Organized by Tim B. Wride, William and Sarah Ross Soter, Curator of Photography in 2015 and 2016, the “trans-disciplinary” artist and photographer Justin Brice Guariglia flew with NASA scientists over Greenland to study how melting glaciers affect sea level rise. Guariglia’s photographs from this experience have been used to create works of art that spark an emotional connection to the science and inspire curiosity in the public. The images he took during these flights, paired with the creative and ground-breaking manner in which he presents them, serve to map with visual evidence, and through metaphor, the complexity of human impact on the planet. Ranging in scale to as large as 12 x 16 feet, these images illustrate Greenland’s melting and deteriorating glacial ice sheets and sea ice in stunning detail and on a monumental scale. Other images reflect the impact of agriculture and mining on the Earth’s surface. Guariglia will discuss his work at 6:30 p.m. on Sept. 7, 2017 at the Museum during Art After Dark.
*The Anthropocene defines Earth’s most recent geologic time period as being human-influenced, or anthropogenic, based on overwhelming global evidence that atmospheric, geologic, hydrologic, biospheric, and other earth system processes are now altered by humans.
Julie Mehretu: Epigraph, Damascus
Sept. 5 – Oct. 22, 2017
Organized by the Norton Museum of Art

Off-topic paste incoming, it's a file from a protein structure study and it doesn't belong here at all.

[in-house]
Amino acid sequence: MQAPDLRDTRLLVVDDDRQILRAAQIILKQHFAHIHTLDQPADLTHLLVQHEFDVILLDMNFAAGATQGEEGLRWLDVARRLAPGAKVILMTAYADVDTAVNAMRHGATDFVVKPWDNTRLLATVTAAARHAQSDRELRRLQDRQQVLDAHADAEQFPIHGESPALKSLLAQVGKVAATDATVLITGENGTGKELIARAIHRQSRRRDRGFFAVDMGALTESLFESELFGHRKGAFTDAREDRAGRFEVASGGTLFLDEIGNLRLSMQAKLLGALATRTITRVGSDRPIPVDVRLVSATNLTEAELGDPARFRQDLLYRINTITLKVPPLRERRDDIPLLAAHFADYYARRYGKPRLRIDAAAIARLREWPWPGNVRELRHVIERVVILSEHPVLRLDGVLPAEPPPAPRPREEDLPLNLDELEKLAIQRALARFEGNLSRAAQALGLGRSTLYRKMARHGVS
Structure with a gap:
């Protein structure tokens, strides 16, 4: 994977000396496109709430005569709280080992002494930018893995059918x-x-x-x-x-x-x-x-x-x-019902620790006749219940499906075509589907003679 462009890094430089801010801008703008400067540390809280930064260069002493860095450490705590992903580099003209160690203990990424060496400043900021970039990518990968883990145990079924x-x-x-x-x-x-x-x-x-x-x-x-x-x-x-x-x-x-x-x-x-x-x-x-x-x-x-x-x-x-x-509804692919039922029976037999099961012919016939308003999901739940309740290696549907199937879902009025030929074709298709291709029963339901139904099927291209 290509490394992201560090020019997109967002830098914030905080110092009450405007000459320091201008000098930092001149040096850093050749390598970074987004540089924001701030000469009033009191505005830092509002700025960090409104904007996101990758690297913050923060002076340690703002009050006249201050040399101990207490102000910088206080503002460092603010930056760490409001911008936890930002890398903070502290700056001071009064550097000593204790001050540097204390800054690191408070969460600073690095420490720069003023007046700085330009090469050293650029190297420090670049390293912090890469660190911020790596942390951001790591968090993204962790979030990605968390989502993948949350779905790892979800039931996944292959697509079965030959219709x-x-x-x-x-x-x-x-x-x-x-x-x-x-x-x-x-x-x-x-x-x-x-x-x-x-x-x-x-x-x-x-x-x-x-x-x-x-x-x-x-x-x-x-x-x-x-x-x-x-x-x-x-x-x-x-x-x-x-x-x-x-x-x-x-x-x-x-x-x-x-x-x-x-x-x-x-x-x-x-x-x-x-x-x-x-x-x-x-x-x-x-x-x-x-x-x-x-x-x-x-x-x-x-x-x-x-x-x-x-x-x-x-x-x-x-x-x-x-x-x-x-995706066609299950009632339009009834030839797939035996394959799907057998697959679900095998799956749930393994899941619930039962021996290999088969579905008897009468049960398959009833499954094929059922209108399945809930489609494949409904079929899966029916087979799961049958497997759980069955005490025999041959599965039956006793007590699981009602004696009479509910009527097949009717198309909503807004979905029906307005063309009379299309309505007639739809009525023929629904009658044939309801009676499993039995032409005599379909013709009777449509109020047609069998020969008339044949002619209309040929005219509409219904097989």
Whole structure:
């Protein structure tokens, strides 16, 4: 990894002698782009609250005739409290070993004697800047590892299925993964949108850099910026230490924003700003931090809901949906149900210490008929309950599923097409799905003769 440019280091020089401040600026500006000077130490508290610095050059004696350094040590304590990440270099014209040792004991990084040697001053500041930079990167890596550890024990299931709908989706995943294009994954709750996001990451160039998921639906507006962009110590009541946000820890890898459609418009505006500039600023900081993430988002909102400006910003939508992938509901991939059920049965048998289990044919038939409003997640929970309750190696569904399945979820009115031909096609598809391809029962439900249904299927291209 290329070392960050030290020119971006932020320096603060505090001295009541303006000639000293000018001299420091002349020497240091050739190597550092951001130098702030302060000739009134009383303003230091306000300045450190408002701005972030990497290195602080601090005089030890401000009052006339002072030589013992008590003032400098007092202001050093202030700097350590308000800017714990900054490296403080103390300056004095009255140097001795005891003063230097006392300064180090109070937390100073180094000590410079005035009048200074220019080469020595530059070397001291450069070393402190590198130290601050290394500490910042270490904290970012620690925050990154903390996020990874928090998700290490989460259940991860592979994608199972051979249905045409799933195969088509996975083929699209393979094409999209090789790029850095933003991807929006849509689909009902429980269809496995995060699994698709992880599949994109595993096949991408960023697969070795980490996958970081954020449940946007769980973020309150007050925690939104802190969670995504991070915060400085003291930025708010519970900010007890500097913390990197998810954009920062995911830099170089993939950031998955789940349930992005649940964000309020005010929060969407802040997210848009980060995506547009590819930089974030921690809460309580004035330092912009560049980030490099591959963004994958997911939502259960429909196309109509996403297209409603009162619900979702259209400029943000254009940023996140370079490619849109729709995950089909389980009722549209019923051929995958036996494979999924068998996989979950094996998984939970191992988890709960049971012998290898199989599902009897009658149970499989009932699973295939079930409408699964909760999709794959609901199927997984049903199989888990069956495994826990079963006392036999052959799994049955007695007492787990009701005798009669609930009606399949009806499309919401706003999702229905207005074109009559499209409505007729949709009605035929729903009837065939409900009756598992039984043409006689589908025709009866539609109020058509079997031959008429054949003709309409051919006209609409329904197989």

Julie Mehretu (born 1970, Addis Ababa, Ethiopia), incorporated a series of deconstructed architectural renderings of Damascus, Syria, as the basis for this remarkable, six-panel print. This Spotlight exhibition features this newly acquired 2016 work by an artist known for gestural abstract compositions that can be interpreted as a poignant and a deeply expressive commentary on current events.
BRILLIANT: Recent Acquisitions
Oct. 26 – Dec. 10, 2017
Organized by the Norton Museum of Art
BRILLIANT highlights new acquisitions that emphasize a bold and dramatic use of color. Vivid and intense colors saturate the compositions of the works on paper, glass and photography featured in this exhibition. BRILLIANT includes artworks by Dale Chihuly (American, born 1941) and Michael Craig-Martin (Irish, born 1941), among other contemporary artists.
Currently under renovation, The Norton Museum is located at
1451 S. Olive Ave. in West Palm Beach
During construction through December 2018:
Hours are Tuesday, Wednesday, Friday, Saturday, and Sunday
Noon to 5 p.m.
Thursday, Noon to 9 p.m.
Admission is currently free to the public.
Free parking and shuttle service is available at 1501 S. Dixie Highway. The Museum is closed on Mondays and major holidays. For additional information, please call (561) 832-5196, or visit www.norton.org.
4) You MUST See:
I highly recommend the film Dunkirk. It is not gory, it is suspenseful. The cinematography, editing, acting and musical score combined is unlike anything I have ever witnessed on screen. Yet, Dunkirk is not for the meek. Based on a true story, it is a portrait of war over a week, a day, and an hour. It weaves and reveals the plight of a country fallen to the enemy, 400,000 soldiers, and one man’s struggle to survive.